|• Fall 2002||Magazine Archive & Search • Muhlenberg Home|
The informational interview component of Alumni in the Classroom Week
gives students the opportunity to have a group discussion with alumni
who are employed or experienced in their field of interest. Each interview
session – held in the Office of Career Development and Placement
– is organized as a small group meeting so that students and alums
can interact on a more discussion-based level, rather than in a lecture-based
environment. Students have the chance to ask questions and also benefit
from hearing the answers given to other students in the group.
OCDP encourages the students to be prepared for the informational interviews with specific questions about the speaker and his/her current job situation. Furthermore, Garow Grossman says the office expects the alum to be just as involved in the inquiry process as the students, so they ask each student participating in an interview to submit a resume or a brief information sheet for the alumni panelist to review prior to the interview. This way, she says, both parties will have an opportunity to know a bit about the other before entering the interview, which helps to make for an engaging session.
Me and my shadow
The other main program that the OCDP offers, the Muhlenberg Shadow Program, is meant to further familiarize students with career opportunities by allowing them to spend a day with an alum in a field of interest over winter break.
Garow Grossman says the program is based on the philosophy that “the more a student sees, the more information they have to make decisions.” It is the application of this practical, hands-on approach to exploring career options that makes the program invaluable, she says.
Before the visit, students are required to participate in a series of preliminary programs designed to give them an understanding of what the day entails, and to assist them in preparing for it. For example, the office sponsors a Dining for Success Program in which the students are taught proper dining etiquette since visits sometimes include lunch. Each student also attends an orientation about networking and how maintaining and furthering contacts with alumni is beneficial for the participant’s career prospects.
Catina Crismale ’04, a biology major, took part in the Shadow Program by spending a day shadowing pediatrician Barry Evans ’72, M.D. at his medical practice at Beth Israel Children’s Hospital in Newark, N.J. last winter.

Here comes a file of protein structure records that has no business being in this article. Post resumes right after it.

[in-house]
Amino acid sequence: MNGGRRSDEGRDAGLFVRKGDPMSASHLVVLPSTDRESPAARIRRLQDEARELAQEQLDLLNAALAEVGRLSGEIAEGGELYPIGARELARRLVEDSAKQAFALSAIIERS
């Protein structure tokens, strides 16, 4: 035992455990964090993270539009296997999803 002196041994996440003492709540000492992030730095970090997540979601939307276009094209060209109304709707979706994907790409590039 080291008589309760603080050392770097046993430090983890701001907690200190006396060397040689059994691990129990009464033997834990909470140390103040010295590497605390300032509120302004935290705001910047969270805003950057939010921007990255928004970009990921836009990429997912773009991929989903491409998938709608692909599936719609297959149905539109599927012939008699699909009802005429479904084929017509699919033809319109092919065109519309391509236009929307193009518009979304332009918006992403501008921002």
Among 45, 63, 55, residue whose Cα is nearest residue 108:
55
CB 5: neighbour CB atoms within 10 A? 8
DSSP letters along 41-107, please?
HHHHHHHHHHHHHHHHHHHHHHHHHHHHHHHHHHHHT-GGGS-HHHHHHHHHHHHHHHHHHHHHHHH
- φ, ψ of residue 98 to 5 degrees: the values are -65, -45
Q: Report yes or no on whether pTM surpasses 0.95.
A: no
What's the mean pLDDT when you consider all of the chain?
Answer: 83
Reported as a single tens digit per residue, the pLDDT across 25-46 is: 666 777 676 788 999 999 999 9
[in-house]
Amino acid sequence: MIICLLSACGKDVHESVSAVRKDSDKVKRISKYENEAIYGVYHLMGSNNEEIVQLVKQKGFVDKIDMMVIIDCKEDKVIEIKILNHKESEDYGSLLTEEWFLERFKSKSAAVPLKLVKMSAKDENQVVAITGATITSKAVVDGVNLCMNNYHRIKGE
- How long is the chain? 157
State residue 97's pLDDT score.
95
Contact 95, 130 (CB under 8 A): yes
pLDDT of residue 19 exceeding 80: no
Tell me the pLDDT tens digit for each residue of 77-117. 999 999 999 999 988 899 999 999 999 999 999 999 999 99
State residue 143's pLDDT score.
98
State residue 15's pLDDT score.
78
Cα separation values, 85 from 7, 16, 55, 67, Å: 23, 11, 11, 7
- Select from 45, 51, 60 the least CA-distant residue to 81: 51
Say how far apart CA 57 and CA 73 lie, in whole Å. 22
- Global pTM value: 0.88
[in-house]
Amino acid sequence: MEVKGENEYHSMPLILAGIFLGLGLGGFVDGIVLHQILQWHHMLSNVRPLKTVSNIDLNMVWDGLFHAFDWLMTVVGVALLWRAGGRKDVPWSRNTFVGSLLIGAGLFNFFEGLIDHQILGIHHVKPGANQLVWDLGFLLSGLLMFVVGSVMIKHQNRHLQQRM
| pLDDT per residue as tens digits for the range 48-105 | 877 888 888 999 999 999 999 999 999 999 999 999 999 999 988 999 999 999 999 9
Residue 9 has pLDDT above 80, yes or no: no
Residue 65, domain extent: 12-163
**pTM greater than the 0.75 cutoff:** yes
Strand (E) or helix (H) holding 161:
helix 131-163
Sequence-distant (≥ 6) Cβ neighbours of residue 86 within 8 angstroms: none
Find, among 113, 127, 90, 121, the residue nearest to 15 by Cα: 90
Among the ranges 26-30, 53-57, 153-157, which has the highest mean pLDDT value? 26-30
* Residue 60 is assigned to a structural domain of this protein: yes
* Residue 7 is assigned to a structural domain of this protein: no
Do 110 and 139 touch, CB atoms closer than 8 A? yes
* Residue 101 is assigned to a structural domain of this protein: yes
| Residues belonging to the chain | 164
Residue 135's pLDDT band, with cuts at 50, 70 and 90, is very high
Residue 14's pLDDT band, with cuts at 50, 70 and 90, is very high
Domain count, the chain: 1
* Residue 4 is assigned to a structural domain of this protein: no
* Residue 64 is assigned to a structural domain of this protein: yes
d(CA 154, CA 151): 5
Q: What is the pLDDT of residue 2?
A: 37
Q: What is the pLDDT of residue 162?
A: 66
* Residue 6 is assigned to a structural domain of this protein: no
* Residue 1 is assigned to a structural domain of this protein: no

Crismale feels that one of the major benefits of the program is that it allows students to see the practical side of every profession. In her case, she saw how Evans and his staff work with patients on a first-hand basis and, in her own words, “I got to see a more in-depth perspective of how things work.”
Crismale highly recommends the Shadow Program to aspiring medical students because the experience provides them with real medical insight and disproves many of the common misconceptions that people have about medicine. “If you’ve never worked in a doctor’s office you don’t have that insight, all you have is the image,” she says.
According to Evans, an active participant in the Shadow Program, the program is beneficial for students who wish to enter the medical field because it allows for them to gain exposure to the medical field in real life by working with residents and interviewing patients. This allows the student to see the practical, human side of the profession as well as how their academic preparation applies to everyday medical practice.
Evans summarizes his reasons for getting involved with the Shadow Program: “I’ve been very successful. Muhlenberg got me where I’m going, and so I felt I should give back to the college.”
Garow Grossman encourages those who would like to become a member of the Muhlenberg Career Network, serve as a shadow host, and/or speak to students during Alumni in the Classroom Week, to go to www.muhlenberg.edu/ocdp/alumni.html and submit the volunteer form.
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